- 18 Hot IT Certifications for 2014
- CIOs Opting for IT Contractors Over Hiring Full-Time Staff
- 12 Best Free iOS 7 Holiday Shopping Apps
- For CMOs Big Data Can Lead to Big Profits
VoIP, unified messaging, products and services
Last week, Skype announced that it had discovered a flaw in its free VoIP software that could potentially allow hackers to wreak havoc with a Skype user's computer. For the more details (including a link to the software patch), please click see the Network World story "Skype patches critical flaws".
Fortunately, the company has released a software update to fix the problem and noted that there were no known destructive programs, so Skype's proactive release would solve potential problems before they became an issue for users.
We take note that over the past few months some industry observers have claimed that "free VoIP" will spell the demise of traditional voice service providers. However, we suggest that peer-to-peer software programs such as Skype that create a VoIP infrastructure are actually a reason FOR service providers to succeed - especially for business users.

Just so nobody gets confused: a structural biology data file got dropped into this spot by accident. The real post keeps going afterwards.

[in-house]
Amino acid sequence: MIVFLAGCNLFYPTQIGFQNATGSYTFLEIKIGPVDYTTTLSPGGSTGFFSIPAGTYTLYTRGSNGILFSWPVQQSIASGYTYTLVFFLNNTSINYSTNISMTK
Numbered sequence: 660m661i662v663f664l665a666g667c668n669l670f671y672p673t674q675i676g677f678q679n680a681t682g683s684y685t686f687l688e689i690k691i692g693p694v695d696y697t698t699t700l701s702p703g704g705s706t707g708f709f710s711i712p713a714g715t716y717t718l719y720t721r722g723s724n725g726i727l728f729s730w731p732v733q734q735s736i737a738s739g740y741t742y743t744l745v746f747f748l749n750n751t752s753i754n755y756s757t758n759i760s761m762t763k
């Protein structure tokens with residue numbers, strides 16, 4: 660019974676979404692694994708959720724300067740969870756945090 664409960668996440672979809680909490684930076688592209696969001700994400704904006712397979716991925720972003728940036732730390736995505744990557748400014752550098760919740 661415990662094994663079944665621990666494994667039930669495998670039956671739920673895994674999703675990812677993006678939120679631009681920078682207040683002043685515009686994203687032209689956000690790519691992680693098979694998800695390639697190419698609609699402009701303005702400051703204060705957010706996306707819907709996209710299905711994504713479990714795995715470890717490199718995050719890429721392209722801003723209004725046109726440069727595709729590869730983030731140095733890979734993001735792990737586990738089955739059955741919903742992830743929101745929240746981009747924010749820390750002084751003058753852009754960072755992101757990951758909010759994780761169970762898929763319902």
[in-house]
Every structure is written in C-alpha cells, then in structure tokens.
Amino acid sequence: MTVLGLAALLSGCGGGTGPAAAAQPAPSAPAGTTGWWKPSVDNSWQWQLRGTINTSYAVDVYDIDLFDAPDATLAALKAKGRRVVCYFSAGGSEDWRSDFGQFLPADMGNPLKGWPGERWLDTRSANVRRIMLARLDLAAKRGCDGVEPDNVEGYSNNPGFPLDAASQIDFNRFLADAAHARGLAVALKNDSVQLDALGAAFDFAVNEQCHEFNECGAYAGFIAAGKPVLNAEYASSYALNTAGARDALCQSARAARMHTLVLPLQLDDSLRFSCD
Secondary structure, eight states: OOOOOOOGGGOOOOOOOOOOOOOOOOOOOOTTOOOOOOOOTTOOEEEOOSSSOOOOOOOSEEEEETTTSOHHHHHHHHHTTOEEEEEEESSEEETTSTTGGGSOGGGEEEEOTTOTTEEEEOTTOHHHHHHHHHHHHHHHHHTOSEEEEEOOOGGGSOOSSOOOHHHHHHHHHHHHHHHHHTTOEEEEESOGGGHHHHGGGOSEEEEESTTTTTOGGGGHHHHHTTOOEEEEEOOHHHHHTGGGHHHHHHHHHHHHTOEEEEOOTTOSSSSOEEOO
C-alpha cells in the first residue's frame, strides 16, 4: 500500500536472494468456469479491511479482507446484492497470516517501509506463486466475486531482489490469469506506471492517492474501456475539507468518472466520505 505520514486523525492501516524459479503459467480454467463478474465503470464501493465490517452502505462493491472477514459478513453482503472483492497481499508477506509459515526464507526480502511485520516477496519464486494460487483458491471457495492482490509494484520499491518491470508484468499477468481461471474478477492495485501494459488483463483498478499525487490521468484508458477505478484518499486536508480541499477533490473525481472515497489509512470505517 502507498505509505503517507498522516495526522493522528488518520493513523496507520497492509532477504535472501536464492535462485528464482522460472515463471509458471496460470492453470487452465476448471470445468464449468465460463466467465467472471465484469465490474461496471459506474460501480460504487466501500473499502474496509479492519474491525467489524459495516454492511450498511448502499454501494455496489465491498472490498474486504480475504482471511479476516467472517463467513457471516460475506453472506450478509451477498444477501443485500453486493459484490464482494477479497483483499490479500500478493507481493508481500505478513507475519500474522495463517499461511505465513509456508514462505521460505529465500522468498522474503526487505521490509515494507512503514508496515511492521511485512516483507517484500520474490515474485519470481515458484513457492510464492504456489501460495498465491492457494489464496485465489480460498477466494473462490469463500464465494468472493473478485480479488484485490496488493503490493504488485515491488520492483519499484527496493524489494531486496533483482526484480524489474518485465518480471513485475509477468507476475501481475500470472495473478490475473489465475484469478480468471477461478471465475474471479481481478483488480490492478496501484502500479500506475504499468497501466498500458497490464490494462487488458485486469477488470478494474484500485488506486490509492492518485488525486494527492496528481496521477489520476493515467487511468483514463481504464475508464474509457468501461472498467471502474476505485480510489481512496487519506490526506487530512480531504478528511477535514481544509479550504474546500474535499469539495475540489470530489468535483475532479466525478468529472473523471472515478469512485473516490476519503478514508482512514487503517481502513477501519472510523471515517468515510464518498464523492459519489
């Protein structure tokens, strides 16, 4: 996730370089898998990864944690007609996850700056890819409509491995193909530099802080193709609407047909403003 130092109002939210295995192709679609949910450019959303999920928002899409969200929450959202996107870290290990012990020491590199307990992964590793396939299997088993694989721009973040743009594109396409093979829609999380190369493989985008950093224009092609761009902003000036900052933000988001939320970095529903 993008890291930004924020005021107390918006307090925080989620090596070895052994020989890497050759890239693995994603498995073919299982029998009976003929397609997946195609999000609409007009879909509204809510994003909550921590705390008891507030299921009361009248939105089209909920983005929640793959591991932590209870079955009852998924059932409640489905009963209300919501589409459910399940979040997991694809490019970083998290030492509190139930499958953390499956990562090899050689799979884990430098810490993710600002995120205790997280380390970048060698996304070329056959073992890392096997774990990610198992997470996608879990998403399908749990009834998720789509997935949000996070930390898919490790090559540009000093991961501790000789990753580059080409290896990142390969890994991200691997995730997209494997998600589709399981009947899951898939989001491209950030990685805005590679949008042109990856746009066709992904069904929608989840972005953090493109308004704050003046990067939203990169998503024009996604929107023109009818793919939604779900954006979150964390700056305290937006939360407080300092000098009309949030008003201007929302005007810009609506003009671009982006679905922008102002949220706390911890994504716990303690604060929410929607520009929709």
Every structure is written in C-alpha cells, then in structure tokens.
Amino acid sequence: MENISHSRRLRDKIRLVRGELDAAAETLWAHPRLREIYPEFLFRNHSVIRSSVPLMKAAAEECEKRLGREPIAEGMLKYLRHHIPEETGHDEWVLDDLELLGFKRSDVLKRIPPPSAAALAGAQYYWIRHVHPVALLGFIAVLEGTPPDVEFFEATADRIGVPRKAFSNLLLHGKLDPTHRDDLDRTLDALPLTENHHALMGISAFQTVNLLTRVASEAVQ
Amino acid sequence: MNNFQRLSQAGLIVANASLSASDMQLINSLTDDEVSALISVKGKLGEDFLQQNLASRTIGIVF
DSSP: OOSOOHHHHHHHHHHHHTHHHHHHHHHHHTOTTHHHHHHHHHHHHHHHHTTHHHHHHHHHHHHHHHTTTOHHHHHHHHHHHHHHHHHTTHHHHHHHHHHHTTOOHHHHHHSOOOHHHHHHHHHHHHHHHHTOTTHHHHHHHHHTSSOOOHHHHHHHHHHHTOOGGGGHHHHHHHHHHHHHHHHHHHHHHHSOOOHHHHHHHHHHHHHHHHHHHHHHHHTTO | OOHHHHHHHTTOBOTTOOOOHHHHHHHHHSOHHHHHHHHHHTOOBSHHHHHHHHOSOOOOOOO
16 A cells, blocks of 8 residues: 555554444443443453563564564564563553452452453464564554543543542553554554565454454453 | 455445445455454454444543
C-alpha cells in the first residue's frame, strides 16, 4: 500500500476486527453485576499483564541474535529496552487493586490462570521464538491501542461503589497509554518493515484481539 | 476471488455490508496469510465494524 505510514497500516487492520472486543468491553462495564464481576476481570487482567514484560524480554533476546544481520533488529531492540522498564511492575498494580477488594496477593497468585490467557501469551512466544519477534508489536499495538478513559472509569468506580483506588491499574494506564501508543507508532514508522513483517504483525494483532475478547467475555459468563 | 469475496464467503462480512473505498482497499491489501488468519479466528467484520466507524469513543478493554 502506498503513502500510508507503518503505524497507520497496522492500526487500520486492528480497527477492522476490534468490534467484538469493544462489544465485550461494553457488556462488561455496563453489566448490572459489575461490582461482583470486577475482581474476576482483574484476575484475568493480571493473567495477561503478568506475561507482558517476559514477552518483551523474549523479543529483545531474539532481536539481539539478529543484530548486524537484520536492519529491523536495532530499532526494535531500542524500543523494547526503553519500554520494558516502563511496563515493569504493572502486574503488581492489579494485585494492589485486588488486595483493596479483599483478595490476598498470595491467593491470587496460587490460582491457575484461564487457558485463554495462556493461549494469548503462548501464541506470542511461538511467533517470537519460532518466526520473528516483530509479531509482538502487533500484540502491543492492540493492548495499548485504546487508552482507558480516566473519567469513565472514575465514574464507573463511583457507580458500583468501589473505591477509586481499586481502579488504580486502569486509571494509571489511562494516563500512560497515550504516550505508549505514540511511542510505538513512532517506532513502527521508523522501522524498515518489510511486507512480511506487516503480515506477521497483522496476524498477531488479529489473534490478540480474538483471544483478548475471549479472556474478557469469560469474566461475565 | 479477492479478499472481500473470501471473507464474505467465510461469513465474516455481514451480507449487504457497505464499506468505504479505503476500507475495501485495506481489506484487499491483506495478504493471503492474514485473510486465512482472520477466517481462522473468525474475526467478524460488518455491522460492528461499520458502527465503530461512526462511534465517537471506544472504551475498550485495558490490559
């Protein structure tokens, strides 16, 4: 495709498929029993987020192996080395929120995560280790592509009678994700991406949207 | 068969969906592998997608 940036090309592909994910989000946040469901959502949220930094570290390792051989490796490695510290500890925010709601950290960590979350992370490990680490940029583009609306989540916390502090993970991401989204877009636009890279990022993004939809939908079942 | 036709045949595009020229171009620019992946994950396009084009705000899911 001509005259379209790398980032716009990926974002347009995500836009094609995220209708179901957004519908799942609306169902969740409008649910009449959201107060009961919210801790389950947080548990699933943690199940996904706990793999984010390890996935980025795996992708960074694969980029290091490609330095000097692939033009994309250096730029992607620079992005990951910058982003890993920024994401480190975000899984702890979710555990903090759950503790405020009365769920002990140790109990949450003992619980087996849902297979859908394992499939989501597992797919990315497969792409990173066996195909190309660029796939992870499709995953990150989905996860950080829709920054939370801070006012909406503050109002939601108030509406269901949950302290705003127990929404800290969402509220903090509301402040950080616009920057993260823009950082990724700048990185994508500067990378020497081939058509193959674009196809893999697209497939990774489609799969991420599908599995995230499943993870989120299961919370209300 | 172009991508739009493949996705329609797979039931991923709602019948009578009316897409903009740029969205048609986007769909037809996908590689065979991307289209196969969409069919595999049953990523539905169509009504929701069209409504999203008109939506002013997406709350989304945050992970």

For example, Mike Hluchyj, founder and CTO at Sonus Networks recently pointed out at the Next Generation Networks conference that he wants a service provider to make sure that software programs such as Skype are secure and that they provide the quality of service he expects with his voice calls. And equally important, Hluchyj pointed out that he wants a person to call to fix the problem if something goes wrong.
We'd also like to observe that although Skype hasn't experienced any hacker attacks to date, the likelihood of attacks grows as Skype's success grows. With more than 185 million downloads, Skype's success could make it a target for attack much like hackers prefer to attack Microsoft Outlook rather than more obscure e-mail programs like Eudora. And while most Microsoft users are accustomed to check for "critical patch" updates each time they log on to their personal computers, we're not sure the same comfort level or user discipline applies to Skype.
Is the "frequent security update" model a reason to change the way we use peer-to-peer programs like Skype, or is it a reason to have a service provider in the middle to guarantee network integrity? Which would you choose?
Read more about voip & convergence in Network World's VoIP & Convergence section.